Exploring the new participant experience and effect of Lincolnshire’s ‘Vitality’: A community-based physical activity programme for older adults
ISPAH ePoster Library. Middleton G. Oct 16, 2018; 225232
Mr. Geoff Middleton
Mr. Geoff Middleton
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Abstract
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Abstract Introduction:<\b>
Physical activity (PA) benefits older adults. The study aim was to examine the effect of ‘Vitality’: a community-based group physical activity programme for older adults and explore user experiences. Methods:<\b>
An intervention group, representing new Vitality members (n16, mean age: 69.5 ± 6.5 years), and a control group (n16, mean age: 63±6.3 years) were tested before and after an 8-week period on a range of 1) physical measures: body mass, body mass index, resting heart rate, systolic and diastolic blood pressure, 6-minute walk (6MWT), 30-second sit to stand, 30-second arm curl, 8-foot up and go (8UG), chair sit and reach (CSR), back scratch, and 2) psychological measures: self-efficacy for exercise, physical activity enjoyment and the quality of life. Semi-structured focus groups were undertaken to explore the facilitators and barriers to attending. Results:<\b>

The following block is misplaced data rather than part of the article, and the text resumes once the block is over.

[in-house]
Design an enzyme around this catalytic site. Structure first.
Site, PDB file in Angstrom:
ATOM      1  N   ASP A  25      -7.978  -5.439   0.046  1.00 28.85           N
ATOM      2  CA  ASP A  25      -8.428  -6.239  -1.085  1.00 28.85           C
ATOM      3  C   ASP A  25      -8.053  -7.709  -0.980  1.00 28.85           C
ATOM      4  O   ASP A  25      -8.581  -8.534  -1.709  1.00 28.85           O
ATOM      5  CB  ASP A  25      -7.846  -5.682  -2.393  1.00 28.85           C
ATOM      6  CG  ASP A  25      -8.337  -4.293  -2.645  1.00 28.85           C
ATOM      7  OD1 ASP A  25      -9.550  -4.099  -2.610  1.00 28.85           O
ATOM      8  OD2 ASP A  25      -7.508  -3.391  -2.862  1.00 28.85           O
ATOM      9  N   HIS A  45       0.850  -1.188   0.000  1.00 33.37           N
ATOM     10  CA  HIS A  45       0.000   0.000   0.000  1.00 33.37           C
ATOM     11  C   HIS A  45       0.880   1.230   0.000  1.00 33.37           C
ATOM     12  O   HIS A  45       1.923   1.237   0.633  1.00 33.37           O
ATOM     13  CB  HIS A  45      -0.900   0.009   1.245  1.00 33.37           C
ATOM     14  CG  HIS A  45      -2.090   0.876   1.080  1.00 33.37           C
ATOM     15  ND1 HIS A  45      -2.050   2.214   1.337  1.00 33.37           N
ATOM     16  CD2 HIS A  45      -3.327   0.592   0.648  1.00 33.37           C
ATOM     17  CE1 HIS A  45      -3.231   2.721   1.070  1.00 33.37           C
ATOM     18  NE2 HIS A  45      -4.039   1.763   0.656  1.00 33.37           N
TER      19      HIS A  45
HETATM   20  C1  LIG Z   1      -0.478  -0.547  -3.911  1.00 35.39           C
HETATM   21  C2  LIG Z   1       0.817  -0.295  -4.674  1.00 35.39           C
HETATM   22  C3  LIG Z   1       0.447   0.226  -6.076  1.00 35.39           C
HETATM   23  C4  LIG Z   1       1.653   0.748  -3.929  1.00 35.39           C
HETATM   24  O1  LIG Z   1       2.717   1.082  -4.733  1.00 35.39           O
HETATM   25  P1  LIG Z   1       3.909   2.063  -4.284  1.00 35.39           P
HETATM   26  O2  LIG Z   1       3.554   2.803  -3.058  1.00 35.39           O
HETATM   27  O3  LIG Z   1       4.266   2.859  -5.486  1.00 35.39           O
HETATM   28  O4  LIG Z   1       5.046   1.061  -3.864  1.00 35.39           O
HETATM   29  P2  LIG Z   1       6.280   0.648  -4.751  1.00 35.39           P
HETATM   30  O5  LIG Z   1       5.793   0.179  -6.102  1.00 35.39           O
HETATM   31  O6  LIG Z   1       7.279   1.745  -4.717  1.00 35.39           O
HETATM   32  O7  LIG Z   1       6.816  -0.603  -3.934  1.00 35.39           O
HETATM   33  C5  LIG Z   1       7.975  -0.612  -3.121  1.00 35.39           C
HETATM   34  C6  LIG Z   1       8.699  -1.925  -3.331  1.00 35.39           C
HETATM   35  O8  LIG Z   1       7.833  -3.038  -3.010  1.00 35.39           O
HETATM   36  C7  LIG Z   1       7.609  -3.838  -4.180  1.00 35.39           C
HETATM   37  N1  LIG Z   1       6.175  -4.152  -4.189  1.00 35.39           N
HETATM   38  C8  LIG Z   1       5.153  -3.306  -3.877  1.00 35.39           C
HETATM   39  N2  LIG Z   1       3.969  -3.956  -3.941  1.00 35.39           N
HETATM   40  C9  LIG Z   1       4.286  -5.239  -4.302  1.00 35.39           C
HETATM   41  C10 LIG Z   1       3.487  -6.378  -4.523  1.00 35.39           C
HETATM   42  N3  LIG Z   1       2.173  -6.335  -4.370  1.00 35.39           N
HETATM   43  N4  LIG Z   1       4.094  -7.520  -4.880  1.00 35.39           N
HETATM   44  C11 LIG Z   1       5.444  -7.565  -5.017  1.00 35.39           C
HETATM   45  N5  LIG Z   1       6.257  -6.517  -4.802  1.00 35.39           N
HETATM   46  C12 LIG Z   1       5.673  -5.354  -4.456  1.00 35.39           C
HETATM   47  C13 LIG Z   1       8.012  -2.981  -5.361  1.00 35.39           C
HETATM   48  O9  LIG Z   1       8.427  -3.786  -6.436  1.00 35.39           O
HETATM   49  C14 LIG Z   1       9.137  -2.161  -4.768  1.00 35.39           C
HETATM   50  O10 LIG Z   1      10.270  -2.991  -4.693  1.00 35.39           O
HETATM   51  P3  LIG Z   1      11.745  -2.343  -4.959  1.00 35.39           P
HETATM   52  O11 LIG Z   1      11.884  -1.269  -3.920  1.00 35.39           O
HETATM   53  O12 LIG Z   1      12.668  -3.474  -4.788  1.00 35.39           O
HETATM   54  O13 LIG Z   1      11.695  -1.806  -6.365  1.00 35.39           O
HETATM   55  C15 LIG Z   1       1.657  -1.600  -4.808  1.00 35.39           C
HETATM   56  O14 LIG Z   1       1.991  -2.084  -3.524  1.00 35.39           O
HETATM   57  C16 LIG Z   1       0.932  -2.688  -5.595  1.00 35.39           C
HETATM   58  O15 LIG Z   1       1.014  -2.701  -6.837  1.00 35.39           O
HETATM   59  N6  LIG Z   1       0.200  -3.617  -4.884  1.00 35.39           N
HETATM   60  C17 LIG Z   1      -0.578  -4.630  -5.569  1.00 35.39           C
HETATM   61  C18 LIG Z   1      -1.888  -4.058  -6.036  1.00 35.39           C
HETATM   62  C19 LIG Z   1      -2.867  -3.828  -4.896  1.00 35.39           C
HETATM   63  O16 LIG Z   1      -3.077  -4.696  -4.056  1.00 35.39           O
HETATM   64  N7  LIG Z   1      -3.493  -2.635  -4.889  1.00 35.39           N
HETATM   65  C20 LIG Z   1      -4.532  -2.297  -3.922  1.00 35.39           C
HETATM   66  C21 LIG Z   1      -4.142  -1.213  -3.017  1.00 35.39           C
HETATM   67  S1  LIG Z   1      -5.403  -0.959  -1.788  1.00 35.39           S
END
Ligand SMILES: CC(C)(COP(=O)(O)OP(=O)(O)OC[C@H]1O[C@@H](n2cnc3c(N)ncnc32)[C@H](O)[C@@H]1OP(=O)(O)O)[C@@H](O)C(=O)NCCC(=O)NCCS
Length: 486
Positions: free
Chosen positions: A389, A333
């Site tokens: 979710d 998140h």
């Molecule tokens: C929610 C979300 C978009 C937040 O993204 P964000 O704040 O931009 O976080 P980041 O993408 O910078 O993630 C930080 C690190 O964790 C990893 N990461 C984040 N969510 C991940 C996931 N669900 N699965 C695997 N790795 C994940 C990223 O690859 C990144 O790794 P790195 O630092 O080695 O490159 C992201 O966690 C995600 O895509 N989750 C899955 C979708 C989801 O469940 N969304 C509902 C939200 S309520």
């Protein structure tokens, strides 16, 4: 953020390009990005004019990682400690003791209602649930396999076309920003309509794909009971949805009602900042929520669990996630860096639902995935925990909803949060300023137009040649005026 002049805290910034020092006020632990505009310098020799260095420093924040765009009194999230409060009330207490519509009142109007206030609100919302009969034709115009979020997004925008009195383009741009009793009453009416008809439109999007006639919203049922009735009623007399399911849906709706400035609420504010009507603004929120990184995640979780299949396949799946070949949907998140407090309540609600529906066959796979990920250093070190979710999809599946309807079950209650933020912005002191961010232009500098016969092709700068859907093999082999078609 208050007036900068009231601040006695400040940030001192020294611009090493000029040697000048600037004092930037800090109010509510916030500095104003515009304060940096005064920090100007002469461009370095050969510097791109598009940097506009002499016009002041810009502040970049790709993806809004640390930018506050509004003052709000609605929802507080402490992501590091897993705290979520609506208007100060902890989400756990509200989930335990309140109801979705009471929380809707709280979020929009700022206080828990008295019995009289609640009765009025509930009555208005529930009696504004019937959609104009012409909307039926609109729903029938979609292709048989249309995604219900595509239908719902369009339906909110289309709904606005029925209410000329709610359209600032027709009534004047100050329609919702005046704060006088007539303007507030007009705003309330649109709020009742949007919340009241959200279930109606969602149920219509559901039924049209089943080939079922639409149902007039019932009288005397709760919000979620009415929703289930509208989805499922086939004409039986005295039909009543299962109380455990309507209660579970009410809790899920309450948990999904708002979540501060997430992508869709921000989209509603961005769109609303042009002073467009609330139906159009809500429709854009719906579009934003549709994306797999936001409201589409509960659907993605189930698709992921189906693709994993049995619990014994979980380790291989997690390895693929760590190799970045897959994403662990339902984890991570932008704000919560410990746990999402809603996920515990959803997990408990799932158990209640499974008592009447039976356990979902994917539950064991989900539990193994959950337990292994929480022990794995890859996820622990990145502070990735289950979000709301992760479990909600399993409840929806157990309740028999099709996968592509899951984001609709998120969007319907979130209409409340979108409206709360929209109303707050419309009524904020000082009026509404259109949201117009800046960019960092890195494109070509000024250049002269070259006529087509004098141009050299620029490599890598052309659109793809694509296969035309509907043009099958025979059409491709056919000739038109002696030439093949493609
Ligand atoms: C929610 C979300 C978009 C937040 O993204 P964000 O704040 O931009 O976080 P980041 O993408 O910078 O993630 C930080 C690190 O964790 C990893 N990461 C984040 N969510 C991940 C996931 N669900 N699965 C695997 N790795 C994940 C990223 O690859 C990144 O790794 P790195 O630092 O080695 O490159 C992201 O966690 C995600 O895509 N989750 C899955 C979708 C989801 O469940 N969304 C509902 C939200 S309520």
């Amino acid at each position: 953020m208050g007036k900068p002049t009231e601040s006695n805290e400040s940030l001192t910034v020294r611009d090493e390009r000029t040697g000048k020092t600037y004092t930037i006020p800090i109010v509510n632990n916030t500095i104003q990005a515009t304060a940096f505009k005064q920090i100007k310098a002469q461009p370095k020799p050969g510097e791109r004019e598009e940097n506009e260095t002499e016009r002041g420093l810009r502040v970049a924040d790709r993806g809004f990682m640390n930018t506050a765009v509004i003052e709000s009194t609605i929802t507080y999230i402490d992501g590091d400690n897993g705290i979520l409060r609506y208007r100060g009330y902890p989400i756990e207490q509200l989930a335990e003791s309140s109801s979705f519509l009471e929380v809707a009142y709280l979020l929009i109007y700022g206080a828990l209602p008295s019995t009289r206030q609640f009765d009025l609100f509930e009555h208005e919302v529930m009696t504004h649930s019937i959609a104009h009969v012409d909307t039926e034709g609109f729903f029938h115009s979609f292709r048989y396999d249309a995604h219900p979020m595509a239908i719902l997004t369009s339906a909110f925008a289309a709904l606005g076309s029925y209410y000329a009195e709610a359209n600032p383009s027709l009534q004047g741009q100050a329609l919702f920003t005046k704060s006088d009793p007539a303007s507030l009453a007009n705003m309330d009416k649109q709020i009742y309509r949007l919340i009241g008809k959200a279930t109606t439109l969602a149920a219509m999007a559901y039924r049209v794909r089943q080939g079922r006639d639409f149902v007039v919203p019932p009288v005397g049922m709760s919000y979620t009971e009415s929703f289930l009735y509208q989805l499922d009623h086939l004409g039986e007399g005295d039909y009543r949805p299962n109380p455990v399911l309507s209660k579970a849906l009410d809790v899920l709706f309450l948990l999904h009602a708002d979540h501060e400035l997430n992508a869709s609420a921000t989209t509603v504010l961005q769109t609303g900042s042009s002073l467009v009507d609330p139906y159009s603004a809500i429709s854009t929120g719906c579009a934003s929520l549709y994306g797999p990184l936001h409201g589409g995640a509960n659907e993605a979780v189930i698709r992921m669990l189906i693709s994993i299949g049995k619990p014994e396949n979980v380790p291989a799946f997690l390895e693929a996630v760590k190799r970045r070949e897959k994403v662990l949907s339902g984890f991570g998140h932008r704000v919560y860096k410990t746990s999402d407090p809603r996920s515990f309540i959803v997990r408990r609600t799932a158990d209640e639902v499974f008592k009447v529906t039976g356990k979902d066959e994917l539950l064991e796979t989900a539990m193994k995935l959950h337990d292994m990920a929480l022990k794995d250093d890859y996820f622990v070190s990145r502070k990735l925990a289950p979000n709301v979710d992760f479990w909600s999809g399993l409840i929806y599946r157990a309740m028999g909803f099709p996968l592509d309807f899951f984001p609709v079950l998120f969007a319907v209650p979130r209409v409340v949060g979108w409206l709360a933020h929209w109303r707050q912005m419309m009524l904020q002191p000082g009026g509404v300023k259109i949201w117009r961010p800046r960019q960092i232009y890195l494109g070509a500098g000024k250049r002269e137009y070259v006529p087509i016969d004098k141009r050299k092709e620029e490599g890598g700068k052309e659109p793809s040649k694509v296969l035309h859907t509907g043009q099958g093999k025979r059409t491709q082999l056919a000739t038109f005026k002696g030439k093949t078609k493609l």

There was an interaction between groups and from baseline to 8-weeks in the intervention group the following measures improved: body mass, 73.3 (±8.6) to 71.8kg (±8.5); 6MWT, 430.5 (±38.1) to 473.5m (±37); 8UG, 6.5 (±1) to 6.0s (±1.1); the CSR, -2.3 (±11.2) to 0.6cm (±10) (all p<0.05). No differences were found with the other outcomes. Key themes highlighted facilitators; unique and bespoke, retirement transition, perceived improvements, offer of support networks. Barriers were; misconceptions and assumptions, inconsistent opportunities, accessibility and availability of classes. Conclusion:<\b>
Participation in Vitality led to several physical and functional benefits for older adults. Importantly, the programme did not regress any aspects of physical or psychological health. External funding details Funded by Leisure in the Community Ltd
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